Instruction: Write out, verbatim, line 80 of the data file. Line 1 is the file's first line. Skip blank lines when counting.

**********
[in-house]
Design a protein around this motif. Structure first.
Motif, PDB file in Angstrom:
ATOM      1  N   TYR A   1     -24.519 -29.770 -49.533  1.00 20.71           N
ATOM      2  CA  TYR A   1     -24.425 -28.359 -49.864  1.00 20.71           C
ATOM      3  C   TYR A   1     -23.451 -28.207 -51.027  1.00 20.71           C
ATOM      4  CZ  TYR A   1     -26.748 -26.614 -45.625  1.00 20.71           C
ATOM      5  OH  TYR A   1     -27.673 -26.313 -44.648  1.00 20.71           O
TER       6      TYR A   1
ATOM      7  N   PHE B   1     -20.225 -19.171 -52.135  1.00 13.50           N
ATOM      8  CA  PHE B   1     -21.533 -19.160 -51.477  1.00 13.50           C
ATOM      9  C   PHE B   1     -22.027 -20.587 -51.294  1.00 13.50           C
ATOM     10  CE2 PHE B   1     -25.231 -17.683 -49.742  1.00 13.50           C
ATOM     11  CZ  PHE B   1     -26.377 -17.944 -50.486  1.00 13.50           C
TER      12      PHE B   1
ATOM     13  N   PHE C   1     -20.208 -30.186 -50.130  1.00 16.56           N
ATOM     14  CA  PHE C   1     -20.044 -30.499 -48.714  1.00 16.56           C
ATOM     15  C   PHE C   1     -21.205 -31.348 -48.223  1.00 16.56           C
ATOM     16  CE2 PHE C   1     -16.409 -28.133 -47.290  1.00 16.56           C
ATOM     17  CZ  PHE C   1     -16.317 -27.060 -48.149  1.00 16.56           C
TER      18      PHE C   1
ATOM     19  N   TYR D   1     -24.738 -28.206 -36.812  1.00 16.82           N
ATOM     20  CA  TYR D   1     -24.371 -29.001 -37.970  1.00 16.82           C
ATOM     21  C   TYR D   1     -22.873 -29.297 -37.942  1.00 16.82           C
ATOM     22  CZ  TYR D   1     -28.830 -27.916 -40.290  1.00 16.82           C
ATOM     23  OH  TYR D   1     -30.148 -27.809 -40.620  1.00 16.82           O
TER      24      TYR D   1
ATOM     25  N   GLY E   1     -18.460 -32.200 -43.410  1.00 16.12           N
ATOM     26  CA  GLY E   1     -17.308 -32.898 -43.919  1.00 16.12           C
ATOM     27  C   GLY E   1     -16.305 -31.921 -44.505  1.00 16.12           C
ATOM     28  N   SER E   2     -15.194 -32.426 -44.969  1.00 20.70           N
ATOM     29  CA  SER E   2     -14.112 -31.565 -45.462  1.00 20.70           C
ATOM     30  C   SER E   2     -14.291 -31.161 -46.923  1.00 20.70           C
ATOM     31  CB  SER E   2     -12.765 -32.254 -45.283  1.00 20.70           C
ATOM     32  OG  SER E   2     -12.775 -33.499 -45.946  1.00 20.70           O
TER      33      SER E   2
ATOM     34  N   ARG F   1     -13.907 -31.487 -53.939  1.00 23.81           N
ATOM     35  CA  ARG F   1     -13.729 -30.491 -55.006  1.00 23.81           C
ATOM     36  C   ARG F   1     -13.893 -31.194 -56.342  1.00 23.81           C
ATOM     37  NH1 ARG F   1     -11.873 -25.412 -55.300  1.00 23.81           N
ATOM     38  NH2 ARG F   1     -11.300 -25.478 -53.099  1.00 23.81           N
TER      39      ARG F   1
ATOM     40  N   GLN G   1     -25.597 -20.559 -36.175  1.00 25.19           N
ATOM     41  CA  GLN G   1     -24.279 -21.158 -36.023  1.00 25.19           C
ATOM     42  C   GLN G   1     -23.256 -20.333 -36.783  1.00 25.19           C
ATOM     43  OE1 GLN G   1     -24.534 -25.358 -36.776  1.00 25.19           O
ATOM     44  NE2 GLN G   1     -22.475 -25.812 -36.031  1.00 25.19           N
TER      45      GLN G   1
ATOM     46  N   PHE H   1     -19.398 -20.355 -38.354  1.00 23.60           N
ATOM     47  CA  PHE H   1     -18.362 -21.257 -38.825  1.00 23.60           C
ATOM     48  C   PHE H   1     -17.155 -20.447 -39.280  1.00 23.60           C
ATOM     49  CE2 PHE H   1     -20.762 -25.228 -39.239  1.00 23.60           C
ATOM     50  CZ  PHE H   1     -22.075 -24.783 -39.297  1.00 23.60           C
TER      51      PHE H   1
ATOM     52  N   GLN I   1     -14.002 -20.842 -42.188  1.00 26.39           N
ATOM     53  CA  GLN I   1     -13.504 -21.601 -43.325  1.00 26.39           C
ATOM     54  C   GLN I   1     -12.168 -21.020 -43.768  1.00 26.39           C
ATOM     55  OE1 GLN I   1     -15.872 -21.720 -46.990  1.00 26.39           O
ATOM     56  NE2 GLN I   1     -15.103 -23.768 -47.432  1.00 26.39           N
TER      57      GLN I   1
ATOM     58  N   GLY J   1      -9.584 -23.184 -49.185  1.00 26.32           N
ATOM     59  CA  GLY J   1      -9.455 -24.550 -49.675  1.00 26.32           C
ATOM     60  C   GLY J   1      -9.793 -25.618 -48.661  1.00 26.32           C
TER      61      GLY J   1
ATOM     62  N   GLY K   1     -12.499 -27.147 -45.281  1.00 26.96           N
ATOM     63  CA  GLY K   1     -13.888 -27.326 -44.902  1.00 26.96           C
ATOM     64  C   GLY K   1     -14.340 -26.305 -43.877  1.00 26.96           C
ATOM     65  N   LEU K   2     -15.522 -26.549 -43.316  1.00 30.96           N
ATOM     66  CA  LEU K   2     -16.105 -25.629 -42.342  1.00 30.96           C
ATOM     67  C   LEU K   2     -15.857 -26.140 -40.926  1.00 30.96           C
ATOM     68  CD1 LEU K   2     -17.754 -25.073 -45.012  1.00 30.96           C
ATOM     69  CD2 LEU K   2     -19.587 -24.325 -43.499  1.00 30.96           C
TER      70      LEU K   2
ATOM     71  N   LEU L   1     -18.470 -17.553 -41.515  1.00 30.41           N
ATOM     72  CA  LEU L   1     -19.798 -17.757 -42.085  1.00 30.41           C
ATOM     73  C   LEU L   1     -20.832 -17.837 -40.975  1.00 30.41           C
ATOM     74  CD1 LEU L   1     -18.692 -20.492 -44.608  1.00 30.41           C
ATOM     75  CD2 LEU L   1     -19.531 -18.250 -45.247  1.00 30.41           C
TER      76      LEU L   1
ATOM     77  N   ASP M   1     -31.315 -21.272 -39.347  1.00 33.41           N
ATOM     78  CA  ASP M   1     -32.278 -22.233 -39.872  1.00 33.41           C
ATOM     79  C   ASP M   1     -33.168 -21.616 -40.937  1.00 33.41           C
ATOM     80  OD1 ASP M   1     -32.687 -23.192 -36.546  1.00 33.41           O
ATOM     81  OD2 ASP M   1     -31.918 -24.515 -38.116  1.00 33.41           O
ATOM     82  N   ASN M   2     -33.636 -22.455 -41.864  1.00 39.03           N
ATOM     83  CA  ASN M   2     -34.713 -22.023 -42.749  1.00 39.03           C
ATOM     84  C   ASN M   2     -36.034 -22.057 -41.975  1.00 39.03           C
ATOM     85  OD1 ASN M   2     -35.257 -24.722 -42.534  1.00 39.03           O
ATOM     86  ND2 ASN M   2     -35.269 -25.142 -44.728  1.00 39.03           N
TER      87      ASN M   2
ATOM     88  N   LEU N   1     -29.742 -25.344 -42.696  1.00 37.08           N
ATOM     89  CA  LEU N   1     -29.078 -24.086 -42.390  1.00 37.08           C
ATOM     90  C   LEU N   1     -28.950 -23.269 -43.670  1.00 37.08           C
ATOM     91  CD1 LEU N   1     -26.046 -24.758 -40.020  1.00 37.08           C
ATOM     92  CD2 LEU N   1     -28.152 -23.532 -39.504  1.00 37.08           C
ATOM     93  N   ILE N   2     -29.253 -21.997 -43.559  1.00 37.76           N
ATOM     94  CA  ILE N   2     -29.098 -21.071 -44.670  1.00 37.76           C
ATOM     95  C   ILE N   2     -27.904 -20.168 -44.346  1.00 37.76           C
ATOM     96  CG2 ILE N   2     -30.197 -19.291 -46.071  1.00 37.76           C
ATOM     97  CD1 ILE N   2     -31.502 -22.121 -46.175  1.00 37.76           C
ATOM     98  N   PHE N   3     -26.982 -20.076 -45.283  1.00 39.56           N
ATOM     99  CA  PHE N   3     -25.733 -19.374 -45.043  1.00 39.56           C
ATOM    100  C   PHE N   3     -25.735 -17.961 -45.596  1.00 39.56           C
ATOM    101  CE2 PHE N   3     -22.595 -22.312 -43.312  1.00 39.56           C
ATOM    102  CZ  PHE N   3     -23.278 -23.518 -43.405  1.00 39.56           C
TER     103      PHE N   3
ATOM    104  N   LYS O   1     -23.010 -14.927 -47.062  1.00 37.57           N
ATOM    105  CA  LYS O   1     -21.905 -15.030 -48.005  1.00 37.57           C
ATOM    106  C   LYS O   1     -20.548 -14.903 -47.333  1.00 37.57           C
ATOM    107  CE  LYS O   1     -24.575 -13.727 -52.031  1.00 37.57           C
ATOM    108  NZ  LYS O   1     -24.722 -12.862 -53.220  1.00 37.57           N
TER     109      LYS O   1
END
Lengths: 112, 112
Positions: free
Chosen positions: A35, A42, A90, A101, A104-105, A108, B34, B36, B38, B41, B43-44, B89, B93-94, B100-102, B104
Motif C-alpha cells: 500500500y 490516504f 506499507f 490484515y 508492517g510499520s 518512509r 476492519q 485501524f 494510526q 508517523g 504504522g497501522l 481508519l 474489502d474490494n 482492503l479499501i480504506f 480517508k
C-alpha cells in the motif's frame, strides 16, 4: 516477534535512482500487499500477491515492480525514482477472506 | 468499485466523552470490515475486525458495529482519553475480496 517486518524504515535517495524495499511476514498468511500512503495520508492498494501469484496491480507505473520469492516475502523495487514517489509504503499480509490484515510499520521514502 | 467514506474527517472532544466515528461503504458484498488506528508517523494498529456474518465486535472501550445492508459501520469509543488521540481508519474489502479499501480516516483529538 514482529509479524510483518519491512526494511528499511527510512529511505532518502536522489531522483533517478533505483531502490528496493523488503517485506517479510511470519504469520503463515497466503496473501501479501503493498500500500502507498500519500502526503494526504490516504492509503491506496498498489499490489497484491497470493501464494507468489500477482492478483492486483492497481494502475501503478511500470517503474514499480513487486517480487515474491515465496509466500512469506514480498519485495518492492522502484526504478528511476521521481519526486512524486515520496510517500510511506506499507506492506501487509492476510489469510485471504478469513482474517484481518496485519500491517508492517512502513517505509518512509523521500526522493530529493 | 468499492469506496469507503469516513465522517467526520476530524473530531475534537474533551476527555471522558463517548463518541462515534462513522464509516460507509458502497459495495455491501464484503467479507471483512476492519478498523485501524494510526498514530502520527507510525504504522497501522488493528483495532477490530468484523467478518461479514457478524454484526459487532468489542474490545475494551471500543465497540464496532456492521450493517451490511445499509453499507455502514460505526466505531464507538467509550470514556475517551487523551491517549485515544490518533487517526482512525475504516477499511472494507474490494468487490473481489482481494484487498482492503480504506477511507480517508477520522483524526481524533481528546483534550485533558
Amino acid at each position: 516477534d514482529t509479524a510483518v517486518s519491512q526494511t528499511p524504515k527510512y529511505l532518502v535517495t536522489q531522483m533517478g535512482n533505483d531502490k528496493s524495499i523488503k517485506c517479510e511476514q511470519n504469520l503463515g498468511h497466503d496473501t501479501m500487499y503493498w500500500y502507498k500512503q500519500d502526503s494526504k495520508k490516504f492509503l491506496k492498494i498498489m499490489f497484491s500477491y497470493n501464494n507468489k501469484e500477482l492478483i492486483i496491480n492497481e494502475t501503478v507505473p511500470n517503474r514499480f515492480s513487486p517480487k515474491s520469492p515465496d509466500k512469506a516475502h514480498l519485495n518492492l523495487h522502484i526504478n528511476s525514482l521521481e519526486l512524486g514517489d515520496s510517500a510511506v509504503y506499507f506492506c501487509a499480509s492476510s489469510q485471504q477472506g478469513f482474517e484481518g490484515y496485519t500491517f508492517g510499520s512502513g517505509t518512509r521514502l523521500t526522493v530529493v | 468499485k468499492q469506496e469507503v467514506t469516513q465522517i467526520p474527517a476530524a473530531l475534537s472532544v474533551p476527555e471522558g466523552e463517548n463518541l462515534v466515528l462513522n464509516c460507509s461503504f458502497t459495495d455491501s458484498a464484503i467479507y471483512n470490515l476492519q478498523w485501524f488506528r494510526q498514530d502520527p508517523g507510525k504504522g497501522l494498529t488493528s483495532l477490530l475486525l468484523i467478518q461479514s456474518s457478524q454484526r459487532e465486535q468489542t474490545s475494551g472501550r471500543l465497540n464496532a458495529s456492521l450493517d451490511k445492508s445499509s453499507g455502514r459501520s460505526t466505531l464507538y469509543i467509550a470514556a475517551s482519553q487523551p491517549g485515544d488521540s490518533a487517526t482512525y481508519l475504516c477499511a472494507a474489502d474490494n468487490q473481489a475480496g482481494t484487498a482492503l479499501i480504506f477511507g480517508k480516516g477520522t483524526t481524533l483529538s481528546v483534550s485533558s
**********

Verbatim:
ATOM     77  N   ASP M   1     -31.315 -21.272 -39.347  1.00 33.41           N